In a Crisis Will God Help You?

This is an image of a grieving woman in a crisis. She is in a church like setting near a casket.

Within hours of the attacks on the Twin Towers in New York City, political leaders from both parties gathered on the steps of the capital building. In a crisis they reacted to the chaos of that day by encouraging American citizens to pray. The leaders of our government recommended what all of us knew: We needed a supreme being to take control of an impossible situation. 

A crisis makes us look for a Savior

A call to prayer in the face of a national crisis seemed entirely appropriate. In times of personal crisis, we almost always call out for God to take control. But for some, questions arise even as they call to God for help. Does God even exist? Which one of all the gods we have heard about is real? Will God listen to us? Could he fail us, or could things get worse?  If he is powerful enough to address the need?

We ask questions like these because we tend to attach human limitations to our concept of God. It’s obvious that piles of money, the most proficient doctors, and the best government leaders have limited effects in a serious crisis. That’s why we yearn for someone with supernatural abilities and resources to come to our rescue. When we find ourselves helpless to address a terrifying situation, we might question whether God will even notice what we’re going through. If he is busy elsewhere, will he notice and care about what’s going on?

Jesus revealed God’s compassion and power 

Consider this incident in which Jesus demonstrated both His desire and his ability to help a person in great need.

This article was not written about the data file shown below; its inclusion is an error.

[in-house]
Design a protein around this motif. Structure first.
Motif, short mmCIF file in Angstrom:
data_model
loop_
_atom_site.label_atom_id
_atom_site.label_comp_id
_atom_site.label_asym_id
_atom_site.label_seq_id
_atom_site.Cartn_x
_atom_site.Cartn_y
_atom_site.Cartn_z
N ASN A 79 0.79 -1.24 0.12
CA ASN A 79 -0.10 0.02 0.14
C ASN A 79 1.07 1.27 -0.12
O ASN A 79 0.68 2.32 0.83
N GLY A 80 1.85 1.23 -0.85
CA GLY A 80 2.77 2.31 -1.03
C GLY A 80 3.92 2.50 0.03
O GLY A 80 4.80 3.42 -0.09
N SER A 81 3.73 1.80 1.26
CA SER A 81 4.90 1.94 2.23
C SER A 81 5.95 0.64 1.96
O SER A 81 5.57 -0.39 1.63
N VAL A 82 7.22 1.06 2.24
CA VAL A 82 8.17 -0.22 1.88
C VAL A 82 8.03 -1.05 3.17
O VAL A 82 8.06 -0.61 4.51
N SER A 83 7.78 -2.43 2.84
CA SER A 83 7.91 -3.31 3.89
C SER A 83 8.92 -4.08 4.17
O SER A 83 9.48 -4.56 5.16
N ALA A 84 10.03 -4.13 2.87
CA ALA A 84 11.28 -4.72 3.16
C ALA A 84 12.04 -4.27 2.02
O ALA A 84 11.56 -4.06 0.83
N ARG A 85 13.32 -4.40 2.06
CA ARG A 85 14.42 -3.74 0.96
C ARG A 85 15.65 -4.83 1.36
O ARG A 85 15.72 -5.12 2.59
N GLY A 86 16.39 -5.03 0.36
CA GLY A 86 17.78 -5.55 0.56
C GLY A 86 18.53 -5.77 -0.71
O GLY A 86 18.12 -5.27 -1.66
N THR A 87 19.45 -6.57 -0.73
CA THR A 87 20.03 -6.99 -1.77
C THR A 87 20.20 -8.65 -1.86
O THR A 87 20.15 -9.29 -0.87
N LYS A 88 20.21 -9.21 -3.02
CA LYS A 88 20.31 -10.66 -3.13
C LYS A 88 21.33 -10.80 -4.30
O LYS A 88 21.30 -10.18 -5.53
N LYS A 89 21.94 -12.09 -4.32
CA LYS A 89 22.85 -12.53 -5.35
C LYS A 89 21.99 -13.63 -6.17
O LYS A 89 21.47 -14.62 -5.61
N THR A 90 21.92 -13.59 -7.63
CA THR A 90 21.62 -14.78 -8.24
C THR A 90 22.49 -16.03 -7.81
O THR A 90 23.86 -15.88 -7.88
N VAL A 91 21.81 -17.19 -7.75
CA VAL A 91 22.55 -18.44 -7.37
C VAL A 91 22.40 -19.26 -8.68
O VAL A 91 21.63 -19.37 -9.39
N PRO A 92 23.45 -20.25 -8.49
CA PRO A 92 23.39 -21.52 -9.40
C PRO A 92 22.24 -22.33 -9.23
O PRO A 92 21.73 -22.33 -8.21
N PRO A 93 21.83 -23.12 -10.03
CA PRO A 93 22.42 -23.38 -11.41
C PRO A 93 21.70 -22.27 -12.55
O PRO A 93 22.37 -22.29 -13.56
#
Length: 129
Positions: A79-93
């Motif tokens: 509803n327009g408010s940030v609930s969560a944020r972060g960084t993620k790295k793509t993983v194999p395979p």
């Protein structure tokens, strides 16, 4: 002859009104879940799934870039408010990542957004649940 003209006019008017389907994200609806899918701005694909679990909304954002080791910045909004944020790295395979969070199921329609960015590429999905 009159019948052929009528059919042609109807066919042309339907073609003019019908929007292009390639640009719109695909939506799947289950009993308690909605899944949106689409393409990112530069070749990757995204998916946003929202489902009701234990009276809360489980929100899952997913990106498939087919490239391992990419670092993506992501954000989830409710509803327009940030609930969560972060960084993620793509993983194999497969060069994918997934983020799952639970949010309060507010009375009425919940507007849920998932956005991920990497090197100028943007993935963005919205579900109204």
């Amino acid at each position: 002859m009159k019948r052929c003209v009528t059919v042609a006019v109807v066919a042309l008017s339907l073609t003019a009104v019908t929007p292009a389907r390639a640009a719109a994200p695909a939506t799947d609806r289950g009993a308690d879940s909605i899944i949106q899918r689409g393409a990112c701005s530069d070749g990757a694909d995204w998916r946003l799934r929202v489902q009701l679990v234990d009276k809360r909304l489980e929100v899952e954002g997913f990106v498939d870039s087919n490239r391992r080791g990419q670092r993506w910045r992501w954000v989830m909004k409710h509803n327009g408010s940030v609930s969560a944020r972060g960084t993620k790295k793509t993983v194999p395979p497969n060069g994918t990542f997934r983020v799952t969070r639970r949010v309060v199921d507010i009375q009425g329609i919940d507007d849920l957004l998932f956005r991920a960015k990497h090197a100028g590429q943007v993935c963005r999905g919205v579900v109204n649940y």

Luke 7:11-15

 [Jesus] went to a town called Nain, and his disciples and a great crowd went with him.  As he drew near to the gate of the town, behold, a man who had died was being carried out, the only son of his mother, and she was a widow, and a considerable crowd from the town was with her. And when the Lord saw her, he had compassion on her and said to her, “Do not weep.” Then he came up and touched the bier, and the bearers stood still. And he said. “Young man, I say to you, arise.” And the dead man sat up and began to speak, and Jesus gave him to his mother (ESV).

It would have been easy for Jesus to step aside for the funeral procession and continue on his way. He was very busy with his disciples and a large crowd of followers. But he noticed this woman in crisis. In addition to the unspeakable sorrow caused by her son’s death, she may have just become homeless. Her husband was dead, and now her son. Without a male family member to care for her, she may have lost her home and source of income. Unspeakable sorrow and fear would have consumed her as she walked behind those carrying her son’s body.  

Love, Compassion and Power 

But Jesus not only saw her, he acted. His love and compassion prompted him to speak words of comfort to this widow who had lost everything, including her son. Then, he stopped the funeral and commanded the dead man to get up. By issuing that order Jesus demonstrated the extent of his power. He could not only heal blind men and feed thousands. But He could also raise the dead. So, in obedience to the Creator of life, the widow’s dead son sat up and started talking. In the blink of an eye, Jesus had turned a woman’s weeping into songs of joy.

You can trust God to help you 

This incident in the life of Jesus shows that any child of God can trust him in a crisis. That widow was not a relative or a neighbor. She was a stranger to Jesus. But he felt empathy for her. In the same way, when we face unspeakable sorrow and loss, he is our loving and compassionate Savior. When Jesus raised that young man from the dead, he demonstrated his power. If he can raise the dead, he can handle any crisis we face in our lives. Observing what Jesus did for this widow helps us trust him when everything is out of control in our lives. Jesus still cares for his people, and he will comfort us and meet our needs. He will express his compassion and exert his power to bring order out of our chaos, just as he did for the widow of Nain. 

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